Measuring The Real Cost Of A New Floor
Mark Burton on lifecycle costs
WHEN considering the real cost of any new flooring it’s essential to include the initial purchase and installation, as well as ongoing cleaning and maintenance for the whole life of the product.
Detailed lifecycle analysis has shown that over a 20 year period, cleaning and maintenance represent, on average, 92% of a flooring’s total cost, with purchase and installation accounting for only 8%. So it follows that products offering easier, more cost-effective cleaning and maintenance will deliver better lifetime value.
Of course, it makes sense to specify highly durable flooring solutions at the outset. Floors should always be fit for purpose delivering all the performance requirements of the specific location, such as slip resistance for wet areas or impact sound reduction where noise is an issue. Heavy traffic areas in commercial environments will need a tough, hard-wearing solution to cope with daily use.
Specifying a new floor that has an integral PUR surface will make cleaning and maintenance much easier, delivering cost savings where they matter most.
A PUR surface is particularly beneficial in heavy traffic areas since it significantly reduces the amount of heavy, wet cleaning required.
PUR’s provide added resistance to ever yday wear and tear, and the best will also protect against scratches, abrasions, scuffs and stains, ensuring even the most hard-working floorings retain their original appearance with minimal maintenance.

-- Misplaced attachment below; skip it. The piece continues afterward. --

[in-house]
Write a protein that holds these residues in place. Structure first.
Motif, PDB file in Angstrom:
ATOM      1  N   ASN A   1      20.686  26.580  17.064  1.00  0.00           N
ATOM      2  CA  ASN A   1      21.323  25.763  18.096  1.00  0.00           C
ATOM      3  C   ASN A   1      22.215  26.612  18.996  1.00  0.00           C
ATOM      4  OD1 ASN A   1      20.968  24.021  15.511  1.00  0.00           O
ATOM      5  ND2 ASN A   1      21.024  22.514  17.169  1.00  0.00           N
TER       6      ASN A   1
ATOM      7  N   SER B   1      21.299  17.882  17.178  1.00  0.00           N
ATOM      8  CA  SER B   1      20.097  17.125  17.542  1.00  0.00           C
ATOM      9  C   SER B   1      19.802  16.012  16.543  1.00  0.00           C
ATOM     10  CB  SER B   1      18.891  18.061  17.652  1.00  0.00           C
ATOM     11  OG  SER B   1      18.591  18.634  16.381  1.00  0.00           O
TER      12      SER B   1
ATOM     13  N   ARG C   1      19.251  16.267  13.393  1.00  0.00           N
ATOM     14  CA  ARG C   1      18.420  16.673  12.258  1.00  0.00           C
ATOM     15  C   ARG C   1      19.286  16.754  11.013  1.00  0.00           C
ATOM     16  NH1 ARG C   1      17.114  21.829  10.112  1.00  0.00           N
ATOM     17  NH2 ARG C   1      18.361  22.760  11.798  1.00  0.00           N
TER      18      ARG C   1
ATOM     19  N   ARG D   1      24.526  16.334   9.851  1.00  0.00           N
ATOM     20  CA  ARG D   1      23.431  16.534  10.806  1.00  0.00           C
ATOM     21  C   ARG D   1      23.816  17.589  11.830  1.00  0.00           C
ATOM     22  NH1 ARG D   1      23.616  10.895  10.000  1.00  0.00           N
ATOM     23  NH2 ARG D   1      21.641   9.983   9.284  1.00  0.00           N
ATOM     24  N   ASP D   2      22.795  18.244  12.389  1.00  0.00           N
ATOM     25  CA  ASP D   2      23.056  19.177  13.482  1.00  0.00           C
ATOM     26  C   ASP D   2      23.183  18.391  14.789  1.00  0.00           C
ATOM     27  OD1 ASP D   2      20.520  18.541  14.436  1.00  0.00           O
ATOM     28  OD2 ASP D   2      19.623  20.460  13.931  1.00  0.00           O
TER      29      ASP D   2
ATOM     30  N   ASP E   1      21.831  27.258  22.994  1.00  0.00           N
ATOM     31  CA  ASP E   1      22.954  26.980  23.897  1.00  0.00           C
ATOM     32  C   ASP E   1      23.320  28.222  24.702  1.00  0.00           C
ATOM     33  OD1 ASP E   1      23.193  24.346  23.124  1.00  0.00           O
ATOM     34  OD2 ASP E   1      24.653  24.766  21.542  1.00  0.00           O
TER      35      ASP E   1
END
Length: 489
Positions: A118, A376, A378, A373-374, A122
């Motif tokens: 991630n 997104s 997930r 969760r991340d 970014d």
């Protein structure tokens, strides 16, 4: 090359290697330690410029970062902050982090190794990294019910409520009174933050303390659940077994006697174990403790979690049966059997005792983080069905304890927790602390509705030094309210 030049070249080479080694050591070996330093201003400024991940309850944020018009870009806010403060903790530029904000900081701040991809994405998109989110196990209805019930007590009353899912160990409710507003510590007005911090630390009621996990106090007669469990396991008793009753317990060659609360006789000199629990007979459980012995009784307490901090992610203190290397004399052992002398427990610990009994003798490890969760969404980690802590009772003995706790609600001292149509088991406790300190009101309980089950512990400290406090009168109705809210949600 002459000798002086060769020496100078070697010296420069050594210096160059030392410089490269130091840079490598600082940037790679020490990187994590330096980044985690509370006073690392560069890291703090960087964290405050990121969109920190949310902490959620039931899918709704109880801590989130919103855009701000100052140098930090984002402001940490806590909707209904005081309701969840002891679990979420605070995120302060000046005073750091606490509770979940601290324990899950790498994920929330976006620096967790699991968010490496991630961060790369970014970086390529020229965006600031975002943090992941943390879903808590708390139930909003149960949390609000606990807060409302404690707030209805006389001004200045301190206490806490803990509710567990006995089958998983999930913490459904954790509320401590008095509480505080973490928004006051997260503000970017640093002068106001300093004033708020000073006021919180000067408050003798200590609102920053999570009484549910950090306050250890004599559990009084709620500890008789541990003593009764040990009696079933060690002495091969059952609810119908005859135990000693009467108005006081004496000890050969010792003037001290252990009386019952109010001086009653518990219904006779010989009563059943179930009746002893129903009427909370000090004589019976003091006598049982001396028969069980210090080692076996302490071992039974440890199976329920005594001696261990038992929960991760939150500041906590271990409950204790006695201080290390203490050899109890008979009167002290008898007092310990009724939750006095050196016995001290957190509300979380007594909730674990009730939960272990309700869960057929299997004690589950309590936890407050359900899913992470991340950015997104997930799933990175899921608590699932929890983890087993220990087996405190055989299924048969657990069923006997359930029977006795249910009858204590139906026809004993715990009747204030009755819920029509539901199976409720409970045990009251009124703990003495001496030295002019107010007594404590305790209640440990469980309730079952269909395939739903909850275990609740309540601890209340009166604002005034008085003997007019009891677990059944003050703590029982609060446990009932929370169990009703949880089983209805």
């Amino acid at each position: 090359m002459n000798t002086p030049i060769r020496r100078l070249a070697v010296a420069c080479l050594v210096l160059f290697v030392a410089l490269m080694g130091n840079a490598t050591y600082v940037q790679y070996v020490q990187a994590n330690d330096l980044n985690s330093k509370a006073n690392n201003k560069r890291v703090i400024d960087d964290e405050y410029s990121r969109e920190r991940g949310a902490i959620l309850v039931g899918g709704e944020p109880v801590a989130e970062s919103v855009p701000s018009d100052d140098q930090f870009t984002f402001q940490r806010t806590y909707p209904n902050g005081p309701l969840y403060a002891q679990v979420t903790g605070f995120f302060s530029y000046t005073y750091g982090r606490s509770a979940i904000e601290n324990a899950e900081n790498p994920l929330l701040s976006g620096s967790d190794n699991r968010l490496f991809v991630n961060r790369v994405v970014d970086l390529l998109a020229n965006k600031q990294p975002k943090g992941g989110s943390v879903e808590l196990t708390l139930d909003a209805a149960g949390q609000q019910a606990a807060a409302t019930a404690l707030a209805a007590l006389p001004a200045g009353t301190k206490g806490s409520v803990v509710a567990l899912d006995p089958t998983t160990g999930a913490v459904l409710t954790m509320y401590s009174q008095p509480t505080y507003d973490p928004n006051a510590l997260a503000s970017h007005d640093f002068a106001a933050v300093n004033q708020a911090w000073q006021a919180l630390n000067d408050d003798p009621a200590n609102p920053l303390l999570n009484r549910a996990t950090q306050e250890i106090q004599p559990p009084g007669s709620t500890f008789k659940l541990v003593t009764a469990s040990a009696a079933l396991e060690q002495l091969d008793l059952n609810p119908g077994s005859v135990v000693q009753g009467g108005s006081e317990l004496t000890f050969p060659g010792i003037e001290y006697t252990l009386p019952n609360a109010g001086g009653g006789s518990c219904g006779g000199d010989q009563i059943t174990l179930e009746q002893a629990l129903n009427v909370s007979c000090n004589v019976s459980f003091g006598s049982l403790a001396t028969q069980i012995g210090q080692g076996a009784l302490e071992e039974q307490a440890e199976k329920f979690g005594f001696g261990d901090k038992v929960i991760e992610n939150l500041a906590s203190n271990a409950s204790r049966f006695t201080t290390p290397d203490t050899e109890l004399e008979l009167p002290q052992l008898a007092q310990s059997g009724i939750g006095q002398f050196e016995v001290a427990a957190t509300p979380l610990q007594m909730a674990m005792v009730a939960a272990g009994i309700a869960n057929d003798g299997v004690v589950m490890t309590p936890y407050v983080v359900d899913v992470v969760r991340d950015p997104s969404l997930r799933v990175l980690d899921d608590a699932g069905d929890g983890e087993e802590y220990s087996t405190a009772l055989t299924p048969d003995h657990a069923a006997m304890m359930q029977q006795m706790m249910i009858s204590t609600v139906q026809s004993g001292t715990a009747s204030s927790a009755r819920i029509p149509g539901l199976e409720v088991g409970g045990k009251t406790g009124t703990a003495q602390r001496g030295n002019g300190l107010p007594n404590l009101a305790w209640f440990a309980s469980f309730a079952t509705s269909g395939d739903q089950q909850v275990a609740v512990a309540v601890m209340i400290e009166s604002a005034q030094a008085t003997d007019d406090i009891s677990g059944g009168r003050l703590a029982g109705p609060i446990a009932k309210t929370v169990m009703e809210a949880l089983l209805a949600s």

The colour and design of flooring can also affect its lifetime value as fashions change. Realistic ‘natural’ print finishes and designs that stand the test of time without ‘dating’ offer an ideal solution for commercial environments such as schools and hospitals where regular refurbishment is not viable.
Retail outlets, restaurants and leisure facilities, however, often need to keep up with the latest trends and may consider solutions that offer best value in the shorter term to allow for frequent updating.
Loose-lay tiles are a smart solution as they offer savings on installation, whilst still delivering high performance floors that are quick and easy to remove and replace.
Certain safety floorings are now also available in tile format, helping to reduce installation costs for hospitals and other facilities needing to provide slip resistant sur faces.
Tiles are easier to handle and can be installed more quickly than sheet flooring, with less installation waste. And it’s not just the financial cost of new flooring that needs to be considered. Today there is a growing awareness and concern for the environmental cost too.
This has led to increased demand for products to be manufactured with more natural, renewable resources and recycled material content.
High quality PUR treatments can also improve the environmental profile by reducing consumption of water, detergent and energy needed for cleaning, often by as much as 50%.
Flooring makes a significant contribution to the indoor environment too, both in terms of aesthetic appeal and indoor air quality.
A recent study at Karlstad University, Sweden, shows that phthalates (substances added to plastics to increase their flexibility, transparency, durability, and longevity) from PVC flooring materials are taken up by our bodies; probably through breathing and through the skin.
New phthalate-free floors and those with VOC emissions below quantifiable levels are delivering the next generation of ecologically sound solutions, creating safer, healthier environments for ever yone.
Mark Barton is supply chain sales team manager at Tarkett
This article has been reproduced from the Contract Flooring Journal. You can find them at www.contractflooringjournal.co.uk.